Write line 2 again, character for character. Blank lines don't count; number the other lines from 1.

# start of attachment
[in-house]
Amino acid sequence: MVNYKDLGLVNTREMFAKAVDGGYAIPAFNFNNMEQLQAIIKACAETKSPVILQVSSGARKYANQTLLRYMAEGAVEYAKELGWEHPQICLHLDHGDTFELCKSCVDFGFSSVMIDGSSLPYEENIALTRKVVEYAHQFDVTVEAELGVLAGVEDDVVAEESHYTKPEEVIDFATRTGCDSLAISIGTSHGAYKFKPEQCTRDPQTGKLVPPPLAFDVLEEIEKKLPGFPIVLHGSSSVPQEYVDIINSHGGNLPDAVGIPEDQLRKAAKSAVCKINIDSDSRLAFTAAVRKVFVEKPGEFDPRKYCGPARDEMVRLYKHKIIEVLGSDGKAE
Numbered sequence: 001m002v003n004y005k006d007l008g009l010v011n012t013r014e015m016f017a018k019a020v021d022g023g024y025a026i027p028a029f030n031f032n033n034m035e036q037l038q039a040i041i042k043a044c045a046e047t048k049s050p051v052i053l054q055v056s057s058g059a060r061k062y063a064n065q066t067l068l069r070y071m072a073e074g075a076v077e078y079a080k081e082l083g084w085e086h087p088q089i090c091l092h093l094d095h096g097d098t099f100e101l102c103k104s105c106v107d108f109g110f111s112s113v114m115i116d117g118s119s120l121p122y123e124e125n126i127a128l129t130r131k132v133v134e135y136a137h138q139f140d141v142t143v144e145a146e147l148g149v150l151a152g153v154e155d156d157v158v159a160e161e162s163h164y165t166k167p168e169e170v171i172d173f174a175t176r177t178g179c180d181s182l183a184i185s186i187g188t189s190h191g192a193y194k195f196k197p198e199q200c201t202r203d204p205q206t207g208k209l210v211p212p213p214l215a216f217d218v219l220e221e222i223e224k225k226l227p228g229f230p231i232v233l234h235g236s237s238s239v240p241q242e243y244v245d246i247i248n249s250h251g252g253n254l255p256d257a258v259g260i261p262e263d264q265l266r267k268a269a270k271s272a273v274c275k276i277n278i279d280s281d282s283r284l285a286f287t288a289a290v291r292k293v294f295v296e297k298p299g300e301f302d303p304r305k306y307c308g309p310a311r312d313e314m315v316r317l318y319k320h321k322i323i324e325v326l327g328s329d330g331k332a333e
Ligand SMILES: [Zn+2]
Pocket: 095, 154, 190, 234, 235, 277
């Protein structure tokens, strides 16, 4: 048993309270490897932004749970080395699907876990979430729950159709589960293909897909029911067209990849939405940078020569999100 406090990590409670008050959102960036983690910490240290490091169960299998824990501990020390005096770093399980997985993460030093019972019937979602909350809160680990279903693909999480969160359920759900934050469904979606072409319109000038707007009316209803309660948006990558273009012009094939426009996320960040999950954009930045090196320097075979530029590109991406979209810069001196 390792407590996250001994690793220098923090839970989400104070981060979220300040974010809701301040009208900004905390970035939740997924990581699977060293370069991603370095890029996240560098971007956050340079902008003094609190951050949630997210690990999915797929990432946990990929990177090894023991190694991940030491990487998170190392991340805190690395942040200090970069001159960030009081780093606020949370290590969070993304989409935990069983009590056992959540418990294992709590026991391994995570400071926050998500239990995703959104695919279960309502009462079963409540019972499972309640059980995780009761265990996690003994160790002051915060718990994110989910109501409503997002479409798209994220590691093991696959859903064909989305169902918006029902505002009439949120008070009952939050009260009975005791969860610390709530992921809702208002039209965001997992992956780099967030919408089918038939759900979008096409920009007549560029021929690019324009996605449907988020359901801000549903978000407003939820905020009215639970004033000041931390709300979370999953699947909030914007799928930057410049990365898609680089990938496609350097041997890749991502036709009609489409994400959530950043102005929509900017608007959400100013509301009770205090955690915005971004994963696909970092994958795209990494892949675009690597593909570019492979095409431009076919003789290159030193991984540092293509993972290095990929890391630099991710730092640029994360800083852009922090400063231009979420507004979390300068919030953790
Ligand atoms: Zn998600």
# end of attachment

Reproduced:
Amino acid sequence: MVNYKDLGLVNTREMFAKAVDGGYAIPAFNFNNMEQLQAIIKACAETKSPVILQVSSGARKYANQTLLRYMAEGAVEYAKELGWEHPQICLHLDHGDTFELCKSCVDFGFSSVMIDGSSLPYEENIALTRKVVEYAHQFDVTVEAELGVLAGVEDDVVAEESHYTKPEEVIDFATRTGCDSLAISIGTSHGAYKFKPEQCTRDPQTGKLVPPPLAFDVLEEIEKKLPGFPIVLHGSSSVPQEYVDIINSHGGNLPDAVGIPEDQLRKAAKSAVCKINIDSDSRLAFTAAVRKVFVEKPGEFDPRKYCGPARDEMVRLYKHKIIEVLGSDGKAE